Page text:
Charity For All

'Giving circles' let ordinary people act as philanthropists, as bundling gifts together makes for greater impact for the gift and greater involvement for the givers

July 06, 2008|By Tanika White | Tanika White,Sun Reporter

For some the world of philanthropy has seemed the domain of the moneyed few, a luxury for "the other half."

But a growing development in that arena has taken hold, opening philanthropy up to the masses in a user-friendly way: giving circles.

A giving circle is a group of people who gather together to pool money for a common cause. Like a miniature, informal foundation of sorts, the group members manage the fund and determine how their collections will be spent.

A 2006 study by the Forum of Regional Associations of Grantmakers found that giving circles around the country are having a major impact, not just in terms of the money they give to organizations and causes, but by the ways their donors benefit from the experience.

Regionally, there are about 20 known giving circles, many of which focus on women's issues. But a giving circle can give to any cause the group sees fit. Some have given broadly to "people in need;" others have supported such organizations as Habitat for Humanity.

The trend toward grass-roots giving excites longtime members of the philanthropic world such as Buffy Beaudoin-Schwartz, communications director for the Association of Baltimore Area Grantmakers.

Beaudoin-Schwartz - also chairwoman of the Women's Giving Circle of Howard County, which helps fund programs that benefit women and girls - spoke to The Sun about the phenomenon.

What exactly is a giving circle?

The circle is a fund that brings donors together around a particular topic. The donors pool their dollars and leverage their money to have a greater impact. What is exciting about circles is that one person writes a check, which is wonderful. But to leverage that check against 50 or 100 others is very empowering and can have a greater impact.

Could you call them foundations-in-training?

Well, they're typically housed at a community or public foundation. For example, the Baltimore Women's Giving Circle has several hundred donors who each give $1,100 a year and then, as a group, make a decision about where they want those dollars to go. The Baltimore Women's Giving Circle is one of, I believe, several hundred funds at the Baltimore Community Foundation.

I understand this is a growing trend. Is that true in this area?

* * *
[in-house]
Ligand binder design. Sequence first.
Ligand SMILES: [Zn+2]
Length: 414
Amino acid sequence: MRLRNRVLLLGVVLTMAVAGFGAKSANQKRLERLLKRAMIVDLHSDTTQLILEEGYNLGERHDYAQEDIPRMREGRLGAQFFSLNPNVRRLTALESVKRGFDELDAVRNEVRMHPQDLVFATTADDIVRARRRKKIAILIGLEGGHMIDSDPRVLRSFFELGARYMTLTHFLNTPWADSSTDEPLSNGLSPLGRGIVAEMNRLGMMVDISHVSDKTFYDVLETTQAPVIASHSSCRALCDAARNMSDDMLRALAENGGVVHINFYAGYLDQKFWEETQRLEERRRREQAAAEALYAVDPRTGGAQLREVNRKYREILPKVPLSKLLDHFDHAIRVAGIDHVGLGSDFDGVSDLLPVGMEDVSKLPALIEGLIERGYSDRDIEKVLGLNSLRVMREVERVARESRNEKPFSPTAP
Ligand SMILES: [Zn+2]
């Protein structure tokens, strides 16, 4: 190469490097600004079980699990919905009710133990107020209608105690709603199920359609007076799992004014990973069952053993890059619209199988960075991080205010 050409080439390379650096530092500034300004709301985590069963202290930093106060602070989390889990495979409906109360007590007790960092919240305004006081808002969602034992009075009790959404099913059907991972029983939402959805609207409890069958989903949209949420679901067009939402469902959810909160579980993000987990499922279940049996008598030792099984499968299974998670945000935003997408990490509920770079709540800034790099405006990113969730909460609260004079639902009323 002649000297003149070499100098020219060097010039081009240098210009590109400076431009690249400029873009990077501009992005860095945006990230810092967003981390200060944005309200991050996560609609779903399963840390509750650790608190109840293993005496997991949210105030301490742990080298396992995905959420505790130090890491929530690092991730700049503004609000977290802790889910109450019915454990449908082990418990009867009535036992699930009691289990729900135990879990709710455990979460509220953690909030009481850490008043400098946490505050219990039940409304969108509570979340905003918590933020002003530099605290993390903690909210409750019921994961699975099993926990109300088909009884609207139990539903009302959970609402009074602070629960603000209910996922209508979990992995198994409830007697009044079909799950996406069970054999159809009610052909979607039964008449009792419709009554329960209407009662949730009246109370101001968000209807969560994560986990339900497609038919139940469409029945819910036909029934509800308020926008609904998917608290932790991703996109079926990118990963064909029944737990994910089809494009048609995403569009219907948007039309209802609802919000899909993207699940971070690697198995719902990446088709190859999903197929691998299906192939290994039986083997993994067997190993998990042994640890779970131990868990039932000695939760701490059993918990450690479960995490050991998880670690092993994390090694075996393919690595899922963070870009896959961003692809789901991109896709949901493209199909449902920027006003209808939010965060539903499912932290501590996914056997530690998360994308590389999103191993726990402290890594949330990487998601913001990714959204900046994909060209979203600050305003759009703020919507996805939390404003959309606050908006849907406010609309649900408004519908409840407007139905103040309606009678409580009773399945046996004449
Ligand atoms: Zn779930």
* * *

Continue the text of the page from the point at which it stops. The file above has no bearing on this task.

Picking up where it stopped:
There are approximately 20 known giving circles in our region, which is Pennsylvania, all of Maryland and Washington and Northern Virginia. But I imagine there are more. The growth and impact of these circles in our region is significant. In 2000, there were no giving circles that were known to us. And now in 2008, there are those 20, which have gathered over 9 million philanthropic dollars and that have approximately 4,500 new or further-engaged donors. Anyone who gives is beneficial to the community, but the fact that you can give through a giving circle makes philanthropy accessible to people who are at different income levels, stages of their careers and their lives. So in other words, you don't have to be a millionaire to be a philanthropist.

It reaches people who may not have been asked before and may not have had the opportunity to be engaged in something that was important to them.

Who are the people attracted to giving circles? Big-time donors? People with lots of disposable income?

The donors come in all shapes and sizes. Typically giving circles are comprised of like-minded individuals who share a similar passion and a desire to impact a specific issue. There are times when giving circles are formed from groups that are already together, whether it's a group of neighborhood friends or a book club or a group of triathletes - [they're] groups that are already together who decide to perhaps do some giving together. Many are women's giving circles that are focusing on women and their families in one way or another. The focus of the circle is dependent entirely on the donors sitting at the table. And they're very flexible. There's no cookie-cutter giving circle and right or wrong way to develop one. Which is what makes them so fun and appealing.

Where did this idea come from?

Giving together is not a new concept. The idea of people pooling their dollars has been around for a long time. Giving circles as we know them, the majority of them have started in the last decade. People were looking to roll up their sleeves and not only write a check, but perhaps have a better understanding of where their dollars are going and to be more involved and have a greater say as to where their donations end up. They wanted their money to have a greater impact. Giving circles are exciting because not only is there the opportunity to leverage dollars with other dollars, but there's an educational opportunity. Donors can learn more about the issues they care about and more about the community in general. They can learn more about the grantmaking process. There are networking opportunities, social and hands-on volunteer opportunities, and frankly, they're fun. It's a joy giving money and giving it with others who care about issues you care about.

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